This book examines the relationship between life writing and celebrity in English-language and comparative literary and cultural contexts, focusing on historical as well as contemporary auto/biographical subjects.
With contributions on the 18th-century actress Peg Woffington, Charles Dickens, Mary Pickford, Sergei Eisenstein, W.H. Auden, Marilyn Monroe, and Michael Jackson, amongst others, the book encompasses a wide range of disciplines and approaches. It explores the representation of famous lives in genres as varied as TV documentary, biopic, biofiction, journalism, (authorized) biography, and painting. The contributors address broad themes including authenticity, self-fashioning, identity politics, and ethics; and reflect on the ways in which these affect the reading and writing of celebrity lives.
This volume is the first to bring together life writing and celebrity studies—two vibrant and innovative areas of research which are closely connected through their shared concerns with authenticity and intimacy, public and private selves, myth-making and revelation. As such it will be of interest to a wide range of scholars from across the humanities. This book was originally published as a special issue of Life Writing.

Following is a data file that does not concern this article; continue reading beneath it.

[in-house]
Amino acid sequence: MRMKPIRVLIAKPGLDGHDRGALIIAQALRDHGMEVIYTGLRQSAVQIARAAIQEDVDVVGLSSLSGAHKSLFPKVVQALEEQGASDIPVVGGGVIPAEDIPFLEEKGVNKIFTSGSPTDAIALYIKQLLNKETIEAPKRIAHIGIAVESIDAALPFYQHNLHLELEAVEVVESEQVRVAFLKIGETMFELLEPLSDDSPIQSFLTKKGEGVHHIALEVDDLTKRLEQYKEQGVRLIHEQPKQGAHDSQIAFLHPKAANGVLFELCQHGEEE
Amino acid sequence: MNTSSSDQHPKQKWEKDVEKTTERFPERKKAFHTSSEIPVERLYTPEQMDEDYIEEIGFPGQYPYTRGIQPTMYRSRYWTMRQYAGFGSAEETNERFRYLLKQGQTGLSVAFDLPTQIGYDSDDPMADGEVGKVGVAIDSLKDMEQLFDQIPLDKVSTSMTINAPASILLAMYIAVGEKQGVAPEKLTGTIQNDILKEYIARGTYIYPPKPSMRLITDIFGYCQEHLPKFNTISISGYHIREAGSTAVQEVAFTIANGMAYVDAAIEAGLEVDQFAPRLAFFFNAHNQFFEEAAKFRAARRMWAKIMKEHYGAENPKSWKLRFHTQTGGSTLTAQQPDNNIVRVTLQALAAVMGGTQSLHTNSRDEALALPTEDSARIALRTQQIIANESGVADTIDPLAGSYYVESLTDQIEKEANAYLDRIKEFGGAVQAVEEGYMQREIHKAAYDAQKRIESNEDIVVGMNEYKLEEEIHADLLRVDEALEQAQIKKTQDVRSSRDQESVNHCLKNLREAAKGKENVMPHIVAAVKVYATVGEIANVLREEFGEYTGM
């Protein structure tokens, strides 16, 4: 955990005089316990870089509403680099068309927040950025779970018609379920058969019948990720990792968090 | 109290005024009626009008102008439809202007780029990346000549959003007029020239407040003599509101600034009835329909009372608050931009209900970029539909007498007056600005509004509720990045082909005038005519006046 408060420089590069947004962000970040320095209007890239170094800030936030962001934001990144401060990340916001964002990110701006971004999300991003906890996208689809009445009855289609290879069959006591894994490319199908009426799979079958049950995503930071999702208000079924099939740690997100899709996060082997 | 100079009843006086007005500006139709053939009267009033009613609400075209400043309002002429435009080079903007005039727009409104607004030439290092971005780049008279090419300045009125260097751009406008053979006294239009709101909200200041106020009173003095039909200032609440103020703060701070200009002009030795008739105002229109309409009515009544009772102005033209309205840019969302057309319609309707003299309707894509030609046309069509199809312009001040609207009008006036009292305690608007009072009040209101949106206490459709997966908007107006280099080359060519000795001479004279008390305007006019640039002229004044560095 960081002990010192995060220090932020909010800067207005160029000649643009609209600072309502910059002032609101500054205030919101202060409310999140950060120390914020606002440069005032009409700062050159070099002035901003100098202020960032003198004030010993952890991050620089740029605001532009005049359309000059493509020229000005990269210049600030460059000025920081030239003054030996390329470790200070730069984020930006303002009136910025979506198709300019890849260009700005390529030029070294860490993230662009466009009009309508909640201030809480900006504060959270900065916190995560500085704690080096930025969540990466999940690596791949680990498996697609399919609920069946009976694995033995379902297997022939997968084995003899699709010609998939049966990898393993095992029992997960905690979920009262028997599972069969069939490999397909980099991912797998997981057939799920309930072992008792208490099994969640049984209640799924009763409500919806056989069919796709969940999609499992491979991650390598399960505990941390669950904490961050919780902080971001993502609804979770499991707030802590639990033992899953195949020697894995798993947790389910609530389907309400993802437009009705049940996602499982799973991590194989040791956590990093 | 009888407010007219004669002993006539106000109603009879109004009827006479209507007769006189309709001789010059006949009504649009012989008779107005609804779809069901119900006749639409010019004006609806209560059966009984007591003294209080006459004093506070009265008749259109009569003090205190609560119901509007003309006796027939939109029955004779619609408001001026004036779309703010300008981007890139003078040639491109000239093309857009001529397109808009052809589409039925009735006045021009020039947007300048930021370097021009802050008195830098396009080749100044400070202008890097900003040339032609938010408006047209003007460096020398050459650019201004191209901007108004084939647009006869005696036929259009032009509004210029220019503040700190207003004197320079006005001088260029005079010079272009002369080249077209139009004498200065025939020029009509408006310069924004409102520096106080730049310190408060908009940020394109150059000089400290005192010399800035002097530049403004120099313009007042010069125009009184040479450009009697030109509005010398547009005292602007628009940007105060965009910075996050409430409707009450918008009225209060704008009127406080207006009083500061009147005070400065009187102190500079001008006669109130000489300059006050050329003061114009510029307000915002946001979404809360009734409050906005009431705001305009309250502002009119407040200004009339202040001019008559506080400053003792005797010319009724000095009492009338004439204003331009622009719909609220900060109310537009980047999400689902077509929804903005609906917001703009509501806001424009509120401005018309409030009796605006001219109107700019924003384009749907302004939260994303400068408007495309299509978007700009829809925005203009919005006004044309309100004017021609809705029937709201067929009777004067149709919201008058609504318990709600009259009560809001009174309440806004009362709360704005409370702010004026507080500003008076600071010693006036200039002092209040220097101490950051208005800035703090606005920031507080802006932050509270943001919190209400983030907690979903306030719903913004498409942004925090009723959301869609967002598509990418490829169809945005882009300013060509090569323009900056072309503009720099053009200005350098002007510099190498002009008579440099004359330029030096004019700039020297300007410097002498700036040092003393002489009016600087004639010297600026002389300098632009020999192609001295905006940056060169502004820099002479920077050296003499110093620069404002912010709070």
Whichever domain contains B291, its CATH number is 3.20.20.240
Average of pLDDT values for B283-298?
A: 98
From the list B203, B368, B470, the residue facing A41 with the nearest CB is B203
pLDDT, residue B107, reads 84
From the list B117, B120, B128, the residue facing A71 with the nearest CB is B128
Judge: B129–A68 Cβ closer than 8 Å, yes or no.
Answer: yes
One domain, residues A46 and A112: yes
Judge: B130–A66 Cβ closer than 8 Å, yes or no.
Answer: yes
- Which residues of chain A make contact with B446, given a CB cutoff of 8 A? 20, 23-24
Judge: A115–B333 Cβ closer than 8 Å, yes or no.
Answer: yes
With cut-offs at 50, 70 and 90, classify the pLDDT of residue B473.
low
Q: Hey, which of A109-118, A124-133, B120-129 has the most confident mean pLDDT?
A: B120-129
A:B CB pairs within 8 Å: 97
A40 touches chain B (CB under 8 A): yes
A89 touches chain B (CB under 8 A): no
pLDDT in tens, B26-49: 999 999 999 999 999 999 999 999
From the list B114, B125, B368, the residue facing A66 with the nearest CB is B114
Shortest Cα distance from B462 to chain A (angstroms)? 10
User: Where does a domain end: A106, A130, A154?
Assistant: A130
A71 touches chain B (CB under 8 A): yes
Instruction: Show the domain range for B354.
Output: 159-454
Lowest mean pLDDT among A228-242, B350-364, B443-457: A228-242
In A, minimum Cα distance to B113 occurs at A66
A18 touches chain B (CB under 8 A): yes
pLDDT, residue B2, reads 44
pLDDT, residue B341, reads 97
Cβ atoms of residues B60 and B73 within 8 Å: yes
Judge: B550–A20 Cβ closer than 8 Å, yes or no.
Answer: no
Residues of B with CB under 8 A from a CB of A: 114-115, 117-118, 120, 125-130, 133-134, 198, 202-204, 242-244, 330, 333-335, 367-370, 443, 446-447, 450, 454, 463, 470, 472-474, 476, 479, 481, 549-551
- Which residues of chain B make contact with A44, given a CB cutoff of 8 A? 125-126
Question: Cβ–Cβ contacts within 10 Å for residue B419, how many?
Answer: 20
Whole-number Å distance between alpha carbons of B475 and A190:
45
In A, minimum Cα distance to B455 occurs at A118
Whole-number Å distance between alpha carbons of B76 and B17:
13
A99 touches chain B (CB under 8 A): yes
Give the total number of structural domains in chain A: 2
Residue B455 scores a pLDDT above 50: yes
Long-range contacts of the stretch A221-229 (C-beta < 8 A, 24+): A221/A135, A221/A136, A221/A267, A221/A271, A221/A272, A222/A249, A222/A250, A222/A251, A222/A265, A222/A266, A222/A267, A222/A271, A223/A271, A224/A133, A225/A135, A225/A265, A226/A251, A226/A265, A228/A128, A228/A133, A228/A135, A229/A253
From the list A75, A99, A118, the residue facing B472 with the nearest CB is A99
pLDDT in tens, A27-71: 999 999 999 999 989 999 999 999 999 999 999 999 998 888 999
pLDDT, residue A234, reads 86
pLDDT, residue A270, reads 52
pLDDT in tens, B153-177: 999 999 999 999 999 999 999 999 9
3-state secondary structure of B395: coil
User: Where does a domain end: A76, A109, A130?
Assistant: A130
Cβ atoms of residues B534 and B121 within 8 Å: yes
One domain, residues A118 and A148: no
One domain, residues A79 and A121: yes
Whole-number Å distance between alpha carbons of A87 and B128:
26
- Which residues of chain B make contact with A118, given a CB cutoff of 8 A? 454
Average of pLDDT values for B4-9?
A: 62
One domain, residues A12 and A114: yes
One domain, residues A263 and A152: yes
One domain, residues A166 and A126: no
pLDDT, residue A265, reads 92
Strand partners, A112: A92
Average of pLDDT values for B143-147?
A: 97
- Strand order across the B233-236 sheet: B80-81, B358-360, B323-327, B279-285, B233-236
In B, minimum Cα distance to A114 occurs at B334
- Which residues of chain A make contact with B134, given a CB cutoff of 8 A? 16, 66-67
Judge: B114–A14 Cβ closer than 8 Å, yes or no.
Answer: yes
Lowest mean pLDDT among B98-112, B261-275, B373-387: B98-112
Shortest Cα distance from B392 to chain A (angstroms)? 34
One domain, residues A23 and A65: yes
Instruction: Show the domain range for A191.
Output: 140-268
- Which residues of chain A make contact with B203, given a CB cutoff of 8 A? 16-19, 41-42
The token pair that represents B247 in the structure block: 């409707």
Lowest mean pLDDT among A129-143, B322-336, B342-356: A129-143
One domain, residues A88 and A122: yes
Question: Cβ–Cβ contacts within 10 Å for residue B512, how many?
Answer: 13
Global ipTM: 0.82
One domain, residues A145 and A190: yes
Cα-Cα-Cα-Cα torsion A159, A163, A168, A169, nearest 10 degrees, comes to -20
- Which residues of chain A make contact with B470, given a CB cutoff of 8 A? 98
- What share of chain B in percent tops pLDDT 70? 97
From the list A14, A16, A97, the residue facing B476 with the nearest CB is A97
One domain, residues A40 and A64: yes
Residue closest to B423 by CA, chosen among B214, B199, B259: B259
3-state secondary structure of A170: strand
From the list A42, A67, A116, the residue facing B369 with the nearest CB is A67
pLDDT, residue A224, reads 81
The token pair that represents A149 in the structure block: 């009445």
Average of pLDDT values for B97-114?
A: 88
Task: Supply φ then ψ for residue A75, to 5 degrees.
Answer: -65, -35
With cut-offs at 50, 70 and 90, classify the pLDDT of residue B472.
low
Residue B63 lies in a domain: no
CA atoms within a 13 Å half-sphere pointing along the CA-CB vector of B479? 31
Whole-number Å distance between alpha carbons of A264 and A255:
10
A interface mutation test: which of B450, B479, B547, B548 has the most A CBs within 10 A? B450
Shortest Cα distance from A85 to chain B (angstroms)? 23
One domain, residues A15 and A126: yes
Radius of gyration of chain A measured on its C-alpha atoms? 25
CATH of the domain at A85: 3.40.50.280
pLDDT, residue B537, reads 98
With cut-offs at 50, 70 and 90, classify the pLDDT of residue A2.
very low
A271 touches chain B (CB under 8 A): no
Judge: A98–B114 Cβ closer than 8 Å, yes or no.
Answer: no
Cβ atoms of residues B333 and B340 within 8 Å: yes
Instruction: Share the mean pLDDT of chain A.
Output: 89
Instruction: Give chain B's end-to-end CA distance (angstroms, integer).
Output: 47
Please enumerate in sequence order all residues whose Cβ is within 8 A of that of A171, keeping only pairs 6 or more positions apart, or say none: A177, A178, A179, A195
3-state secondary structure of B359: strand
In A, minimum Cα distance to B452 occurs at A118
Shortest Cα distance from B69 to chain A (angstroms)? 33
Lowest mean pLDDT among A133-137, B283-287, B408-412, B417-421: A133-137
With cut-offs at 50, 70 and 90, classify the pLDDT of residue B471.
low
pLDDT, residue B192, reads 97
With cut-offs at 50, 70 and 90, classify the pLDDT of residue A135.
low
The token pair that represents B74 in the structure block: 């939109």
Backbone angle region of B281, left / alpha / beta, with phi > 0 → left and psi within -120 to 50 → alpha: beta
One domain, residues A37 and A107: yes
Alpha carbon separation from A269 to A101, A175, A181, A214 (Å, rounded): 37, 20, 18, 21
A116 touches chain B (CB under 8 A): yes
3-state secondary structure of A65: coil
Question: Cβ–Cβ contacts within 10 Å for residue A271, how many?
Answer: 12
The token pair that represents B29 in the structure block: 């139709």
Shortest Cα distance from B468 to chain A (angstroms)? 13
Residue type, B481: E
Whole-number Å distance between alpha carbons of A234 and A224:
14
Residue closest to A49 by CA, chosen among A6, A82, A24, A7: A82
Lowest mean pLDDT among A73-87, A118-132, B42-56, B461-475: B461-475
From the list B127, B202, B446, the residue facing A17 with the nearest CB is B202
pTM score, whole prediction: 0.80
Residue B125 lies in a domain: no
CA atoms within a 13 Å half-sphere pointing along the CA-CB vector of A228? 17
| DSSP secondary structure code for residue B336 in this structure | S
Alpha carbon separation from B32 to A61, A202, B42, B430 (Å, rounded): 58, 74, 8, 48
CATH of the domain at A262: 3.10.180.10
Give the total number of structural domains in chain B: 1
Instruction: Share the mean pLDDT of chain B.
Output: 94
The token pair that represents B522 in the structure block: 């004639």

Introduction – Life Writing and Celebrity: Exploring Intersections
Sandra Mayer and Julia Novak
1. An Austrian Auden: A Media Construction Story
2. Sergei Eisenstein as Seen by Peter Greenaway: A Dialectic Representation of an (Anti-)Great Film Director
3. Fictionalisation in Biography: Creating the Dickens Myth
4. Visual Art as Celebrity Memoir: The Paradox of Peg Woffington’s Sick-bed Portrait
5. Writing Celebrity as Disability: Las Meninas, Performing Dwarfs, and Michael Jackson Fan Day
Eva Sage Gordon
6. ‘Boswellized From Mere Persons to Personages’: Arthur Stringer, Mary Pickford, and the Trouble with Celebrity Profile(r)s
7. ‘Watergate-ing’ Norman Mailer’s Marilyn: Life Writing in Cultural Context
8. Pacts, Paratext, and Polyphony: Writing the Authorised Biography of Robert Wyatt